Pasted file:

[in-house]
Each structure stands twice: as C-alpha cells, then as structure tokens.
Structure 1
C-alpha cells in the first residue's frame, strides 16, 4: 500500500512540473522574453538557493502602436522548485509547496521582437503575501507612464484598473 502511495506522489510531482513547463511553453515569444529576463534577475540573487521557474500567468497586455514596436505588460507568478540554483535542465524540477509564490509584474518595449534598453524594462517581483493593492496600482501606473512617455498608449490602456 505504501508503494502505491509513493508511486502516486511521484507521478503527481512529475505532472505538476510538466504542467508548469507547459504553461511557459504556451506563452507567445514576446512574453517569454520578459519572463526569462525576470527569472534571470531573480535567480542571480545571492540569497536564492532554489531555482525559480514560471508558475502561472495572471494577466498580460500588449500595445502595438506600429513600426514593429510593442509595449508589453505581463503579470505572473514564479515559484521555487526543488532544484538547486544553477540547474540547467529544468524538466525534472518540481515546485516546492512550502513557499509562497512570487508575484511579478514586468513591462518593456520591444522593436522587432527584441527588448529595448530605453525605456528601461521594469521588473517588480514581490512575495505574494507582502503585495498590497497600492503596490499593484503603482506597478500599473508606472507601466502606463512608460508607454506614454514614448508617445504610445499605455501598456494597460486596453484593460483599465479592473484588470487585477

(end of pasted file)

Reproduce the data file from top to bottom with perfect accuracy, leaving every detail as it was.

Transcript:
[in-house]
Each structure stands twice: as C-alpha cells, then as structure tokens.
Structure 1
C-alpha cells in the first residue's frame, strides 16, 4: 500500500512540473522574453538557493502602436522548485509547496521582437503575501507612464484598473 502511495506522489510531482513547463511553453515569444529576463534577475540573487521557474500567468497586455514596436505588460507568478540554483535542465524540477509564490509584474518595449534598453524594462517581483493593492496600482501606473512617455498608449490602456 505504501508503494502505491509513493508511486502516486511521484507521478503527481512529475505532472505538476510538466504542467508548469507547459504553461511557459504556451506563452507567445514576446512574453517569454520578459519572463526569462525576470527569472534571470531573480535567480542571480545571492540569497536564492532554489531555482525559480514560471508558475502561472495572471494577466498580460500588449500595445502595438506600429513600426514593429510593442509595449508589453505581463503579470505572473514564479515559484521555487526543488532544484538547486544553477540547474540547467529544468524538466525534472518540481515546485516546492512550502513557499509562497512570487508575484511579478514586468513591462518593456520591444522593436522587432527584441527588448529595448530605453525605456528601461521594469521588473517588480514581490512575495505574494507582502503585495498590497497600492503596490499593484503603482506597478500599473508606472507601466502606463512608460508607454506614454514614448508617445504610445499605455501598456494597460486596453484593460483599465479592473484588470487585477